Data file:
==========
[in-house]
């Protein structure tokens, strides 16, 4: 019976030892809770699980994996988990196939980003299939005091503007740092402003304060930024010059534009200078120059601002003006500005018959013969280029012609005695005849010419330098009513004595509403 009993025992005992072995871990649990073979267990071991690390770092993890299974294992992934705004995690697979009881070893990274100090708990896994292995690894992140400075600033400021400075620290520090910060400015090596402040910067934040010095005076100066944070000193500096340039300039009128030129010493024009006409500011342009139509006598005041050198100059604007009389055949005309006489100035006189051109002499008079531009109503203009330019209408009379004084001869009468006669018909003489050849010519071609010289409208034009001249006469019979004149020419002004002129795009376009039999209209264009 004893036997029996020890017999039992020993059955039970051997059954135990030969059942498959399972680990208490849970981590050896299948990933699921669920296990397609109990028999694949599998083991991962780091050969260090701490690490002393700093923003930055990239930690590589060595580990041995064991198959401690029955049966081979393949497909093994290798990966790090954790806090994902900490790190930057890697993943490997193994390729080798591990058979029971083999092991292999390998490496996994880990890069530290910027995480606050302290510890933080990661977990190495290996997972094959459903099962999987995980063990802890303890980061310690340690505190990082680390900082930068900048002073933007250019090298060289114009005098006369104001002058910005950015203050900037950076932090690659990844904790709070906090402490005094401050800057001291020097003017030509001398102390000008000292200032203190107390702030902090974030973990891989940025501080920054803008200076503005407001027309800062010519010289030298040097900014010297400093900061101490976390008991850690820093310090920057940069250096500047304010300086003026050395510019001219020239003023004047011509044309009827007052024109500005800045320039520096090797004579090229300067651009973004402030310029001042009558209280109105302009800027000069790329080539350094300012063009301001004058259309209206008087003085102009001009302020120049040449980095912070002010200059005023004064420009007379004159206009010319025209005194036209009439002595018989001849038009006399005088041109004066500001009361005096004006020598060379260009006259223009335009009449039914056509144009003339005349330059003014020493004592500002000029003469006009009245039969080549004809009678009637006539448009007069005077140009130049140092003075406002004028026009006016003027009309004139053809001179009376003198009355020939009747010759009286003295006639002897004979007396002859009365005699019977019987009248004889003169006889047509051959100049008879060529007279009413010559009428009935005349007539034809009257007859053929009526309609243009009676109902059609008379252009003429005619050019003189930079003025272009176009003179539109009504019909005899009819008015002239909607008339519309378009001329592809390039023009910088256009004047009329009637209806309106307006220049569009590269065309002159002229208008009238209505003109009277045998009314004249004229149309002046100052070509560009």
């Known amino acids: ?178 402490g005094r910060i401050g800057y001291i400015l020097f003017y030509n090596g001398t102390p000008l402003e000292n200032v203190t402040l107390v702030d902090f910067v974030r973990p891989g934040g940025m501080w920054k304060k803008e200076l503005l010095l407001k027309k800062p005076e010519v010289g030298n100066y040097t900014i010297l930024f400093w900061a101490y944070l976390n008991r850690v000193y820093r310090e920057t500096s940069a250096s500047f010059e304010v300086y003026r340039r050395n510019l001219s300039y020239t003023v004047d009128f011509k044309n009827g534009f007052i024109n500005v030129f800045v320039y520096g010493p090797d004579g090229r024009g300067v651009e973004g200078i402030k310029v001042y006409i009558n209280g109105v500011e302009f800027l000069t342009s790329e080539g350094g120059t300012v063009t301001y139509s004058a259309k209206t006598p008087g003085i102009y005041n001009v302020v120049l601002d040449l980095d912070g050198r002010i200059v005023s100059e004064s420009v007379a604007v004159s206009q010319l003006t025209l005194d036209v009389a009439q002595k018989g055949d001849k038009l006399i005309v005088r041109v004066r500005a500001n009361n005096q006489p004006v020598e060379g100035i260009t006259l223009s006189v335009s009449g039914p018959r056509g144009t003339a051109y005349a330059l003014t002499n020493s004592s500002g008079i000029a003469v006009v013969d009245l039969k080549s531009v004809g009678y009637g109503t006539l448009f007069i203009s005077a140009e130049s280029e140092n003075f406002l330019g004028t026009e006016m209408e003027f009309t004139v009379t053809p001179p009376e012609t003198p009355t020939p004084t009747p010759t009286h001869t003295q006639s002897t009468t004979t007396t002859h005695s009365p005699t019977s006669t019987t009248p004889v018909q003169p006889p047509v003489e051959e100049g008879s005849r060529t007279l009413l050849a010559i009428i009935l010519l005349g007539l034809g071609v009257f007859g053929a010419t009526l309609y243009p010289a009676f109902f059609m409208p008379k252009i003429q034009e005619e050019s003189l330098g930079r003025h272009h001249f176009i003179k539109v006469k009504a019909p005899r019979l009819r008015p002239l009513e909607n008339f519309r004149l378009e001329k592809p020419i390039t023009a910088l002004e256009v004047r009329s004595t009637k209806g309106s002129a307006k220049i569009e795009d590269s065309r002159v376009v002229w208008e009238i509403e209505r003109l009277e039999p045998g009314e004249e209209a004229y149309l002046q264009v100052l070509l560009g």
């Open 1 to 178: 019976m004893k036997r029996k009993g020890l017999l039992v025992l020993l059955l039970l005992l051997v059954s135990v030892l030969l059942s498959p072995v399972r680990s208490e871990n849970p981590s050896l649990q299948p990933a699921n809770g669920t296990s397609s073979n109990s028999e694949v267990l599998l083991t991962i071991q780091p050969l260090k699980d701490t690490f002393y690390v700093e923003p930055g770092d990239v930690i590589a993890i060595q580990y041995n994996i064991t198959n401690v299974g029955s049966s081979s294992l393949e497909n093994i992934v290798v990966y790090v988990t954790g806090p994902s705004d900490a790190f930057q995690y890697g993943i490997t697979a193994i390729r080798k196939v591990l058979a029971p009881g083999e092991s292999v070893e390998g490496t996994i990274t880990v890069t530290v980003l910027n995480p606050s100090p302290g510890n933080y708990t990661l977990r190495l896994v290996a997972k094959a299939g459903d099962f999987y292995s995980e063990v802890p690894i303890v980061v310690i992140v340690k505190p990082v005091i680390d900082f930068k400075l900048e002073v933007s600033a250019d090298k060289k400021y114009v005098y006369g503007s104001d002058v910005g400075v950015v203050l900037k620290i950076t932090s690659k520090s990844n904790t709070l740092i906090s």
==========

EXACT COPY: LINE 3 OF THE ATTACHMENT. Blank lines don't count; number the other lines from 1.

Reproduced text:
């Known amino acids: ?178 402490g005094r910060i401050g800057y001291i400015l020097f003017y030509n090596g001398t102390p000008l402003e000292n200032v203190t402040l107390v702030d902090f910067v974030r973990p891989g934040g940025m501080w920054k304060k803008e200076l503005l010095l407001k027309k800062p005076e010519v010289g030298n100066y040097t900014i010297l930024f400093w900061a101490y944070l976390n008991r850690v000193y820093r310090e920057t500096s940069a250096s500047f010059e304010v300086y003026r340039r050395n510019l001219s300039y020239t003023v004047d009128f011509k044309n009827g534009f007052i024109n500005v030129f800045v320039y520096g010493p090797d004579g090229r024009g300067v651009e973004g200078i402030k310029v001042y006409i009558n209280g109105v500011e302009f800027l000069t342009s790329e080539g350094g120059t300012v063009t301001y139509s004058a259309k209206t006598p008087g003085i102009y005041n001009v302020v120049l601002d040449l980095d912070g050198r002010i200059v005023s100059e004064s420009v007379a604007v004159s206009q010319l003006t025209l005194d036209v009389a009439q002595k018989g055949d001849k038009l006399i005309v005088r041109v004066r500005a500001n009361n005096q006489p004006v020598e060379g100035i260009t006259l223009s006189v335009s009449g039914p018959r056509g144009t003339a051109y005349a330059l003014t002499n020493s004592s500002g008079i000029a003469v006009v013969d009245l039969k080549s531009v004809g009678y009637g109503t006539l448009f007069i203009s005077a140009e130049s280029e140092n003075f406002l330019g004028t026009e006016m209408e003027f009309t004139v009379t053809p001179p009376e012609t003198p009355t020939p004084t009747p010759t009286h001869t003295q006639s002897t009468t004979t007396t002859h005695s009365p005699t019977s006669t019987t009248p004889v018909q003169p006889p047509v003489e051959e100049g008879s005849r060529t007279l009413l050849a010559i009428i009935l010519l005349g007539l034809g071609v009257f007859g053929a010419t009526l309609y243009p010289a009676f109902f059609m409208p008379k252009i003429q034009e005619e050019s003189l330098g930079r003025h272009h001249f176009i003179k539109v006469k009504a019909p005899r019979l009819r008015p002239l009513e909607n008339f519309r004149l378009e001329k592809p020419i390039t023009a910088l002004e256009v004047r009329s004595t009637k209806g309106s002129a307006k220049i569009e795009d590269s065309r002159v376009v002229w208008e009238i509403e209505r003109l009277e039999p045998g009314e004249e209209a004229y149309l002046q264009v100052l070509l560009g």